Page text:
Gauss Sum calculation

I want to calculate Gauss Sum of the field with 8 elements. I studied in Lidl & Niederreiter's book.

$\chi(c)=e^{2 \pi i Tr(c)/p}$ for all $c\in F_q$, defines an additive character of $F_q$, where $Tr$ is from $F_q$ to $F_p$. The characteristic of $F_q$ is $p$. And,

$\psi(g^k)=e^{{2\pi i k}/{q-1}}$ for $k=0,1,2,...,q-2$ defines a multiplicative character of $F_q$, where $g$ is a primitive element of $F_q$.

$G(\chi,\psi)=\sum_{c\in F_q^*}\chi(c)\psi(c)$ is the Gauss sum.

For $p=2$ and $q=8$, $F_8^*=\{a^0, a^1, a^2, a^3, a^4, a^5, a^6\}$ and their trace are $\{1,0,0,1,0,1,1\}$ respectively. Then

$G(\chi,\psi)=(e^{{2\pi i Tr(1)}/{2}})(e^{{2\pi i0}/{7}})+(e^{{2\pi i Tr(a)}/{2}})(e^{{2\pi i1}/{7}})+(e^{{2\pi i Tr(a^2)}/{2}})(e^{{2\pi i2}/{7}})+(e^{{2\pi i Tr(a^3)}/{2}})(e^{{2\pi i3}/{7}})+(e^{{2\pi i Tr(a^4)}/{2}})(e^{{2\pi i4}/{7}})+(e^{{2\pi i Tr(a^5)}/{2}})(e^{{2\pi i5}/{7}})+(e^{{2\pi i Tr(a^6)}/{2}})(e^{{2\pi i6}/{7}})$ $=\zeta^{1/2}.1+1.\zeta^{1/7}+1.\zeta^{2/7}+\zeta^{1/2}.\zeta^{3/7}+1.\zeta^{4/7}+\zeta^{1/2}.\zeta^{5/7}+\zeta^{1/2}.\zeta^{6/7}$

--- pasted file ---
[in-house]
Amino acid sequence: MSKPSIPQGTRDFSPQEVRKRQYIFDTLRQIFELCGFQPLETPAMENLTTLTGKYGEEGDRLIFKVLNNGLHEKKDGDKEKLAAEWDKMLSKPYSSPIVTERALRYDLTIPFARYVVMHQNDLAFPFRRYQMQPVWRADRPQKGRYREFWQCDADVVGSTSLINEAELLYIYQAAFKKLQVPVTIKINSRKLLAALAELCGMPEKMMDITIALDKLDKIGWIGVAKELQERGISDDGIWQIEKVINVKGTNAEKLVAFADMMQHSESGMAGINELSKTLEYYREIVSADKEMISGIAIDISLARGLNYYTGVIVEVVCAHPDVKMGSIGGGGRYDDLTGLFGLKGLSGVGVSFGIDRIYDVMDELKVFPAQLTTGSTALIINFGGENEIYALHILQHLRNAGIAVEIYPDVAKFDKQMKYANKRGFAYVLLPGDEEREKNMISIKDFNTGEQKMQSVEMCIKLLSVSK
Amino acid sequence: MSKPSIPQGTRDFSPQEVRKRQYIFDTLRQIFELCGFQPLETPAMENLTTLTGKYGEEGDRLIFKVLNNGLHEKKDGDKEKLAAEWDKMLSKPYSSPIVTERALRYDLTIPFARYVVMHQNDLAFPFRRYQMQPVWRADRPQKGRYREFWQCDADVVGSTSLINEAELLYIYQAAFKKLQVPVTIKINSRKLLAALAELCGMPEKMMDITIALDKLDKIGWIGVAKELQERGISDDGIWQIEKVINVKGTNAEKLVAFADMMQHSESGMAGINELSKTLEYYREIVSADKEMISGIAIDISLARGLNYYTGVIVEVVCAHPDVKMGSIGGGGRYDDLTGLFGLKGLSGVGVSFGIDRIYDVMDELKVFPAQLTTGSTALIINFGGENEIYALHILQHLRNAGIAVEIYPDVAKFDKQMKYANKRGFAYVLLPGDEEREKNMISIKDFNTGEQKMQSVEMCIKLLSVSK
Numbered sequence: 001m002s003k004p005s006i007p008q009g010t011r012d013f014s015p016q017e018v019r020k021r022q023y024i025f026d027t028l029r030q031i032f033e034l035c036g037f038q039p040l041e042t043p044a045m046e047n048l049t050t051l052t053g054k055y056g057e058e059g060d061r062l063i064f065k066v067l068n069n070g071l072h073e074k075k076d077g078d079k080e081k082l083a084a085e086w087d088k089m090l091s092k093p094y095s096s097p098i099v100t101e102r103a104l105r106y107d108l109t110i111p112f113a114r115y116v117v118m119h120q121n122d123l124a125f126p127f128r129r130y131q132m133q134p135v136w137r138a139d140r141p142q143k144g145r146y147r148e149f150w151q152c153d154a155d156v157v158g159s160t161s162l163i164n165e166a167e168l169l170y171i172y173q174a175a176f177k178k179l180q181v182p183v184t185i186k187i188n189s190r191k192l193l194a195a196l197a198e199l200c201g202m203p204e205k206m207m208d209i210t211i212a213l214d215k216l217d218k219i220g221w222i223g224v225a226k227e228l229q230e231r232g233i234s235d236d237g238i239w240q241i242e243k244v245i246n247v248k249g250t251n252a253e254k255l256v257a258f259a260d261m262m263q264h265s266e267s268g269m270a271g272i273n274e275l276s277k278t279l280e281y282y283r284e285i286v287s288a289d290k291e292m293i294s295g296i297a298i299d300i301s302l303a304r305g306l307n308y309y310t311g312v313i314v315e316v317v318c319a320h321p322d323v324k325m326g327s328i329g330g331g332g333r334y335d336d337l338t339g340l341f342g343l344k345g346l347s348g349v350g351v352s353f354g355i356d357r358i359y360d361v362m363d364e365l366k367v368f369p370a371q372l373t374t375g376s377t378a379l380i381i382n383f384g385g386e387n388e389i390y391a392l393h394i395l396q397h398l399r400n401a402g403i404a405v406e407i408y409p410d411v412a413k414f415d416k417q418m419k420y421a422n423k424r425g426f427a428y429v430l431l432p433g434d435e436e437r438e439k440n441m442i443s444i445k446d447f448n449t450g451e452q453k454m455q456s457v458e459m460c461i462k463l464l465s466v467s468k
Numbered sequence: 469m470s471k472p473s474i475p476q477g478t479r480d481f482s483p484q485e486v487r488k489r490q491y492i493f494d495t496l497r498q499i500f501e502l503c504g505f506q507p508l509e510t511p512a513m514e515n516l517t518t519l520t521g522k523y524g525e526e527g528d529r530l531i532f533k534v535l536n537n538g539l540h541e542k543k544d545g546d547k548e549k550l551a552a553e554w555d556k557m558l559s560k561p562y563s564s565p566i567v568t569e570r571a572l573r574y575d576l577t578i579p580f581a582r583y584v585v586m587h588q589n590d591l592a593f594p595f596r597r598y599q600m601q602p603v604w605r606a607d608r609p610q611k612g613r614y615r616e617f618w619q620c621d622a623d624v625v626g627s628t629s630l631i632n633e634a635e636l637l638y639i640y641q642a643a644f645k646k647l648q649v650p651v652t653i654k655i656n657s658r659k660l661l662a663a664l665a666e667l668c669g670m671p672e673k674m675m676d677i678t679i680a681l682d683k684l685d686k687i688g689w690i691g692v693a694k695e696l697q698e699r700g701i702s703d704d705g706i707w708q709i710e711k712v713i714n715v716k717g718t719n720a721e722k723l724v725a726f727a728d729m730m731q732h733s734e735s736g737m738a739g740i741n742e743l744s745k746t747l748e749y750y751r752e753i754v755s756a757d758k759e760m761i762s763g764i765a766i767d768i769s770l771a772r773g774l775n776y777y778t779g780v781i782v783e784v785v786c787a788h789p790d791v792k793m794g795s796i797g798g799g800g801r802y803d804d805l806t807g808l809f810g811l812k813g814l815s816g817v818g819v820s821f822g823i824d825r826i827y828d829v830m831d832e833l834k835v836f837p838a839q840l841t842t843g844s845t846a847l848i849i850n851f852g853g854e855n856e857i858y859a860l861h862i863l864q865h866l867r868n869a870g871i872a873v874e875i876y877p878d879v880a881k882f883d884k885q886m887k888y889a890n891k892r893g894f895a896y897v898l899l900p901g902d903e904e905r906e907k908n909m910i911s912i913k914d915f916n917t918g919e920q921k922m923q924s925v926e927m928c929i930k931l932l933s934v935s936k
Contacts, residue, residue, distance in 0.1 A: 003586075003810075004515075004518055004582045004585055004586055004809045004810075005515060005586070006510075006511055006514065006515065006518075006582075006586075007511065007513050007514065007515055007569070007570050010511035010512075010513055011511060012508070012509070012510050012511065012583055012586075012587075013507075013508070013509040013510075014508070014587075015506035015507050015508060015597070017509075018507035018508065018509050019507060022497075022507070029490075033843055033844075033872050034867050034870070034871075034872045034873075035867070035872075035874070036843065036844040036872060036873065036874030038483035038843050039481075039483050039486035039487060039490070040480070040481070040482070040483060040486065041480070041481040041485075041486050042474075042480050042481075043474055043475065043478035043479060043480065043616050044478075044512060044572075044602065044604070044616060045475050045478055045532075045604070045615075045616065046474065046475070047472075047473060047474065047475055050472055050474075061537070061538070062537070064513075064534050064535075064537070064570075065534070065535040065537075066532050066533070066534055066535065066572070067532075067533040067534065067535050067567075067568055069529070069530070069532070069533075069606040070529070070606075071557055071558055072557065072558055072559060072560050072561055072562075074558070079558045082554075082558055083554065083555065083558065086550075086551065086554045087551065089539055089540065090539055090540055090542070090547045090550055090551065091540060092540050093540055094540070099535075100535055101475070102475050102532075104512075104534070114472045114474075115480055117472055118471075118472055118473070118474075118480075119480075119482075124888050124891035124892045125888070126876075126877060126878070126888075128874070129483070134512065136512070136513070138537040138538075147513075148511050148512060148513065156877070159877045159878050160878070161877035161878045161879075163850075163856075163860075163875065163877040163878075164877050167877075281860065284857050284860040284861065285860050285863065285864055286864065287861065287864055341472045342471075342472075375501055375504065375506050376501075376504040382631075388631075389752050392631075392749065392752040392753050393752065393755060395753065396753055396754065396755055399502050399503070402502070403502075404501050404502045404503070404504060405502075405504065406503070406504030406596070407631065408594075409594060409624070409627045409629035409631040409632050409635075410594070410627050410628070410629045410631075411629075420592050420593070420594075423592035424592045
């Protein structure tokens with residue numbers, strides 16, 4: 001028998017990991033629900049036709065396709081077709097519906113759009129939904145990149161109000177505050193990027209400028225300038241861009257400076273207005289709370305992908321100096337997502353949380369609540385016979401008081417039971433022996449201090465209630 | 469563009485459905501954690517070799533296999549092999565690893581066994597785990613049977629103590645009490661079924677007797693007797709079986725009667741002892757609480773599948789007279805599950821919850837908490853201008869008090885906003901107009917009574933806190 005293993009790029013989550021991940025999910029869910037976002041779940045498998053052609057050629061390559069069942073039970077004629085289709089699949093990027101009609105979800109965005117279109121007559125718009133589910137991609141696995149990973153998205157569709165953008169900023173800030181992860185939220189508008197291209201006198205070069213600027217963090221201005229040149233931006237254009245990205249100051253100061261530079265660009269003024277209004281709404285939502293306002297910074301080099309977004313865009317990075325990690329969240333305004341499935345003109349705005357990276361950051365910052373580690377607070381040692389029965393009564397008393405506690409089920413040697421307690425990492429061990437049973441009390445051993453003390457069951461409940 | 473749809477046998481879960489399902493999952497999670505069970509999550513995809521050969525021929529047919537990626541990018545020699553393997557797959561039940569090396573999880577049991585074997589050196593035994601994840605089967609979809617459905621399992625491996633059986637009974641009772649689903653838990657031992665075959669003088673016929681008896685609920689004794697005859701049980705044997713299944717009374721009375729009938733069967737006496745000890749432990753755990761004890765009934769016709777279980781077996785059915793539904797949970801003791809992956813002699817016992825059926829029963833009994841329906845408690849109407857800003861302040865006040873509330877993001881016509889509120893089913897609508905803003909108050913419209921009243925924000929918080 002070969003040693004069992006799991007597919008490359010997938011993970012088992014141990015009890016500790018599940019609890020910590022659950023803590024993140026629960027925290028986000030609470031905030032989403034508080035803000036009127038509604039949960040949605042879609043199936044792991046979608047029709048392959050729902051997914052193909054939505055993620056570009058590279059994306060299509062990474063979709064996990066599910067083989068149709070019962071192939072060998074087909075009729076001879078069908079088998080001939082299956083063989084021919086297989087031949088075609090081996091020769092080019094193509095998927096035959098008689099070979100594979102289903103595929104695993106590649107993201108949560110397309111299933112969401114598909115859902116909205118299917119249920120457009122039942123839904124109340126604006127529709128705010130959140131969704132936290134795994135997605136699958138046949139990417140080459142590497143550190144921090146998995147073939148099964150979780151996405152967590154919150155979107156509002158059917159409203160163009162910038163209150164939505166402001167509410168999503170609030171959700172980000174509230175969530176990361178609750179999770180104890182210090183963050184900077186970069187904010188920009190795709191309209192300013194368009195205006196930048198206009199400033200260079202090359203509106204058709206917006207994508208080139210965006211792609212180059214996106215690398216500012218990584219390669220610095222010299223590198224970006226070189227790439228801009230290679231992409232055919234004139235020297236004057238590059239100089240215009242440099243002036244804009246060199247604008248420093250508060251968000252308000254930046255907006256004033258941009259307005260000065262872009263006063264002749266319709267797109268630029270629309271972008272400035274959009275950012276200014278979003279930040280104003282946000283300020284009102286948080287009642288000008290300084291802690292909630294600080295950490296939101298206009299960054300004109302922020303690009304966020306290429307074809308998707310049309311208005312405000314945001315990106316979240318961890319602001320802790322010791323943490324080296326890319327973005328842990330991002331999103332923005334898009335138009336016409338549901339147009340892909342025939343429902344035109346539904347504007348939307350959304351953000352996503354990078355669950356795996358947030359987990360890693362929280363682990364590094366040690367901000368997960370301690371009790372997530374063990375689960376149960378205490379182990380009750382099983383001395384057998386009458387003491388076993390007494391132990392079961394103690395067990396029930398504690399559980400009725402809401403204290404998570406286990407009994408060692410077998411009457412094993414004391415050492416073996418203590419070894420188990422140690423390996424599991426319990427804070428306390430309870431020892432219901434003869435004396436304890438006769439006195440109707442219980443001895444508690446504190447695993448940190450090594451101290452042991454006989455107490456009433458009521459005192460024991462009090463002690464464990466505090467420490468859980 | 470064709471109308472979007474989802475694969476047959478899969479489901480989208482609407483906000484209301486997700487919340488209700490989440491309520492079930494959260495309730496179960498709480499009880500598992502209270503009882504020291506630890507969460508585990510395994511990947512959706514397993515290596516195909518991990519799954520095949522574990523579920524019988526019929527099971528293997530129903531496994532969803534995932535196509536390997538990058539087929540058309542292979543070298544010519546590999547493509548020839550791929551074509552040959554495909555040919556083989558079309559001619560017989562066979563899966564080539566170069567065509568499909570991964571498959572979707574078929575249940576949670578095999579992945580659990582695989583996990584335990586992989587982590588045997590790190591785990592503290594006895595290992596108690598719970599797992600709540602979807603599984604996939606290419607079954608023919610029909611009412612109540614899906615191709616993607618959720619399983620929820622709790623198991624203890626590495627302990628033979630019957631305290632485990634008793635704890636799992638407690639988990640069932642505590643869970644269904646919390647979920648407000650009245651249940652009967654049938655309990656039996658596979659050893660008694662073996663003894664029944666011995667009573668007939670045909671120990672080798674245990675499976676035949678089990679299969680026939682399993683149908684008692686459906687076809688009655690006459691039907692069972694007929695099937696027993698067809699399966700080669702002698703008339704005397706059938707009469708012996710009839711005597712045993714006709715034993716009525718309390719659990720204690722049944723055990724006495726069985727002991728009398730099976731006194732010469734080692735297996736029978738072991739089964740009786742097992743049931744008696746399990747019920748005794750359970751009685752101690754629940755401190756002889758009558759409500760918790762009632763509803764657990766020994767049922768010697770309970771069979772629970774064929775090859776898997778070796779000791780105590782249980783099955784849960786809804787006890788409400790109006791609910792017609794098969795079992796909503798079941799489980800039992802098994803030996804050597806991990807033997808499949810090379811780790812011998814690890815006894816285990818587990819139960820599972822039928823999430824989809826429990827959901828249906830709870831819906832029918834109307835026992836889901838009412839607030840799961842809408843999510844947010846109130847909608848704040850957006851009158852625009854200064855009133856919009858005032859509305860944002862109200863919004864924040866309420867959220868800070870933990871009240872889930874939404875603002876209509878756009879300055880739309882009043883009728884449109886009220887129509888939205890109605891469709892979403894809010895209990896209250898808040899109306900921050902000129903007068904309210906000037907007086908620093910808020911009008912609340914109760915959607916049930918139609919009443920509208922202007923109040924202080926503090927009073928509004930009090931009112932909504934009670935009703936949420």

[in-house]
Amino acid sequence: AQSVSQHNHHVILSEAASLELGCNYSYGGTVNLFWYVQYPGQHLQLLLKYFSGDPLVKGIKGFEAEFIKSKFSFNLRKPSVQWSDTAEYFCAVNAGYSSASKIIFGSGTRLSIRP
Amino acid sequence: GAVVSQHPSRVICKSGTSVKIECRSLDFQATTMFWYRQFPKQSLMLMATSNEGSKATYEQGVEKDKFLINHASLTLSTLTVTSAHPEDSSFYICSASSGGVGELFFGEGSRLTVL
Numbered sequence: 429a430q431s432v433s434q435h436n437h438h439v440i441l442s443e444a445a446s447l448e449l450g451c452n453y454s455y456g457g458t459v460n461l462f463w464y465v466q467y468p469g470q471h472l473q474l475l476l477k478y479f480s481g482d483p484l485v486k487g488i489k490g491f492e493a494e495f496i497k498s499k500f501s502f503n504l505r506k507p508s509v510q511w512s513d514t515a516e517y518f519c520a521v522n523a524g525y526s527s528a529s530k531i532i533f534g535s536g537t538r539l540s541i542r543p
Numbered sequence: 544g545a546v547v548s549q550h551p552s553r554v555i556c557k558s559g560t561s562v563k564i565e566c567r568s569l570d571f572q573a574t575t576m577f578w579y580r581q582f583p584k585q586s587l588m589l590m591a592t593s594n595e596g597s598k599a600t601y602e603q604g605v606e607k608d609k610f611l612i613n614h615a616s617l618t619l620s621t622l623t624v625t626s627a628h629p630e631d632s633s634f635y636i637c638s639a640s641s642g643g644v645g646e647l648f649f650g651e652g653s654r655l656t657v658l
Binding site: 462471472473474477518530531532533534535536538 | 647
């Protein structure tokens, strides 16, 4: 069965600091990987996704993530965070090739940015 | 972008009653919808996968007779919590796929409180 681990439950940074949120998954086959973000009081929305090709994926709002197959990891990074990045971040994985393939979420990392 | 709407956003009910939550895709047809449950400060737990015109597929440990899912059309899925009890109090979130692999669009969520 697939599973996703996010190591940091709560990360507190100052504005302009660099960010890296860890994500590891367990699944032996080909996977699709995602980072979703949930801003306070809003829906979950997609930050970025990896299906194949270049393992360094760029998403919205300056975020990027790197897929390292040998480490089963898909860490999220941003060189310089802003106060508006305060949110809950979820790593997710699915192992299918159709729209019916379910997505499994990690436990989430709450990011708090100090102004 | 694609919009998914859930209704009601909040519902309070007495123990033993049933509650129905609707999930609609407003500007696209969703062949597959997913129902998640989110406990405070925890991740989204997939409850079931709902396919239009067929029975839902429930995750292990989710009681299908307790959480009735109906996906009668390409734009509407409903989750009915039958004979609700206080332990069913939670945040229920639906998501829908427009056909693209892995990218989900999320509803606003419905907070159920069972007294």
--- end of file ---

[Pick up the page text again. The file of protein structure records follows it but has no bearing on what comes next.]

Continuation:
where I take $\zeta=e^{2\pi i}$ and so $\zeta^{1/2}=e^{\pi i}=-1$. Thus I get

$G(\chi,\psi)=-1+\zeta^{1/7}+\zeta^{2/7}-\zeta^{3/7}+\zeta^{4/7}-\zeta^{5/7}-\zeta^{6/7}$

What is wrong with my calculations?

Additionally, do the additive characters always take $p^{th}$ roots of unity? Which is $2^{nd}$ roots of unity $=\{-1,+1\}$ in my example.

Thanks for any help.

• You want to compute $G(\chi,k)=\sum_{n=0}^{q-1} \chi(n) e^{2i \pi n k / q}$ i.e. the discrete Fourier transform of $\chi$, and with the change of variable $m = nk$ if $gcd(k,q) = 1$ you get $G(\chi,k)=\sum_{n=0}^{q-1} \overline{\chi(k)}\chi(nk) e^{2i \pi n k / q}=\overline{\chi(k)}\sum_{m=0}^{q-1} \chi(m) e^{2i \pi m / q}= \overline{\chi(k)} G(\chi,1)$. Conclude by showing $G(\chi,k) = 0$ if $gcd(k,q) > 1$ – reuns Nov 30 '16 at 5:27
• Thanks for your reply. Since I do not understand well this subject, I do not understand what do you mean. Could you explain your idea simply please? And where the calculations are wrong and my question? – Kenan DOGAN Dec 1 '16 at 13:34
• Do you know the discrete Fourier transform ? And what do you not understand ? – reuns Dec 1 '16 at 13:41